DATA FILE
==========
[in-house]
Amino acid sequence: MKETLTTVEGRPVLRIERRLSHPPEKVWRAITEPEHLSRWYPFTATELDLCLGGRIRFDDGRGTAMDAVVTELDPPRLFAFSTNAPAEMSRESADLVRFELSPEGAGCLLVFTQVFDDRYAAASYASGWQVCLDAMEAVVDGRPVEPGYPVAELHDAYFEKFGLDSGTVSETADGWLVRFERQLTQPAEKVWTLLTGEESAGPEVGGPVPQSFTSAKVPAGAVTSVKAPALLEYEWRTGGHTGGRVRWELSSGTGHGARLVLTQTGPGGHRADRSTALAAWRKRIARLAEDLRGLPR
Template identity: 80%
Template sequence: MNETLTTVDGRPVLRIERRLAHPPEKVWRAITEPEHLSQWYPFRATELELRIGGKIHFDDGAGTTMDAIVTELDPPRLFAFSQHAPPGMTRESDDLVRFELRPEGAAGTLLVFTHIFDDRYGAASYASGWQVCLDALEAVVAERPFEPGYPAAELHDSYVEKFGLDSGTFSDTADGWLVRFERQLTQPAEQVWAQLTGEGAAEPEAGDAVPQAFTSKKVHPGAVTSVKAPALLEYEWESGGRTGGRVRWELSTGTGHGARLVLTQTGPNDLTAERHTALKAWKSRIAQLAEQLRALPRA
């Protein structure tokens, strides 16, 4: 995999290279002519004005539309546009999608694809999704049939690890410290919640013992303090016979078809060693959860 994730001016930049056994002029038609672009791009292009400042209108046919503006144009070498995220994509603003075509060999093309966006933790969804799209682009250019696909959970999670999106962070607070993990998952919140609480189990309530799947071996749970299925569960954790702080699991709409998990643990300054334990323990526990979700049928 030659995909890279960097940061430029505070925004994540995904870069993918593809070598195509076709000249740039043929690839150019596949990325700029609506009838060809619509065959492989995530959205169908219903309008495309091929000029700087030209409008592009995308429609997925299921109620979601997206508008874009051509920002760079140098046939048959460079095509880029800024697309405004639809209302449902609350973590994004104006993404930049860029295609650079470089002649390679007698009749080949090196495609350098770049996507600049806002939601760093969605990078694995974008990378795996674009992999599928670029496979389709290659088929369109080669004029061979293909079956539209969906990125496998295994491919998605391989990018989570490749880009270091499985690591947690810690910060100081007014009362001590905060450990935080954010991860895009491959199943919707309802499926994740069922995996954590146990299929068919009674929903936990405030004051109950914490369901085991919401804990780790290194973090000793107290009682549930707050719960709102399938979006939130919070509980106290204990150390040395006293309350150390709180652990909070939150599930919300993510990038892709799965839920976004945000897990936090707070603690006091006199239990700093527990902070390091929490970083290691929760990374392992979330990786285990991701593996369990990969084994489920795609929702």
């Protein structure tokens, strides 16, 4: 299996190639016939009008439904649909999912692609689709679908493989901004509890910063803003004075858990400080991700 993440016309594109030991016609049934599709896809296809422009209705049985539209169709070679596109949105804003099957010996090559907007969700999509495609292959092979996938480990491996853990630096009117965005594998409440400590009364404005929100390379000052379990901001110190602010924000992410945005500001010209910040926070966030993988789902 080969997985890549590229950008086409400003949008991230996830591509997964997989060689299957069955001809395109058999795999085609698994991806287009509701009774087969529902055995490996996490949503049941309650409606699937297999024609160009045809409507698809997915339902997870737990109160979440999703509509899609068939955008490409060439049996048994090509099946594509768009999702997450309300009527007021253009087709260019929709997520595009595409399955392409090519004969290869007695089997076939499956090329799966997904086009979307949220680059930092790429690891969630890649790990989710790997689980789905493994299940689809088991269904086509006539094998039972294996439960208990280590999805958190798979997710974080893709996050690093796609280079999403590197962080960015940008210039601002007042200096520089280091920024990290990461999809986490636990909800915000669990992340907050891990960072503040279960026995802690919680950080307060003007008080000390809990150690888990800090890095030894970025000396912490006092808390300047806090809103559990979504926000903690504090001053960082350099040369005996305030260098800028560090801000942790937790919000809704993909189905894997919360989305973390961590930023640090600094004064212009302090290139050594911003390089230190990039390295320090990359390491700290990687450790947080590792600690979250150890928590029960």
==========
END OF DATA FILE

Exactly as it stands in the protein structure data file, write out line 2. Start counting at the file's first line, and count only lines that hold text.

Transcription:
Amino acid sequence: MKETLTTVEGRPVLRIERRLSHPPEKVWRAITEPEHLSRWYPFTATELDLCLGGRIRFDDGRGTAMDAVVTELDPPRLFAFSTNAPAEMSRESADLVRFELSPEGAGCLLVFTQVFDDRYAAASYASGWQVCLDAMEAVVDGRPVEPGYPVAELHDAYFEKFGLDSGTVSETADGWLVRFERQLTQPAEKVWTLLTGEESAGPEVGGPVPQSFTSAKVPAGAVTSVKAPALLEYEWRTGGHTGGRVRWELSSGTGHGARLVLTQTGPGGHRADRSTALAAWRKRIARLAEDLRGLPR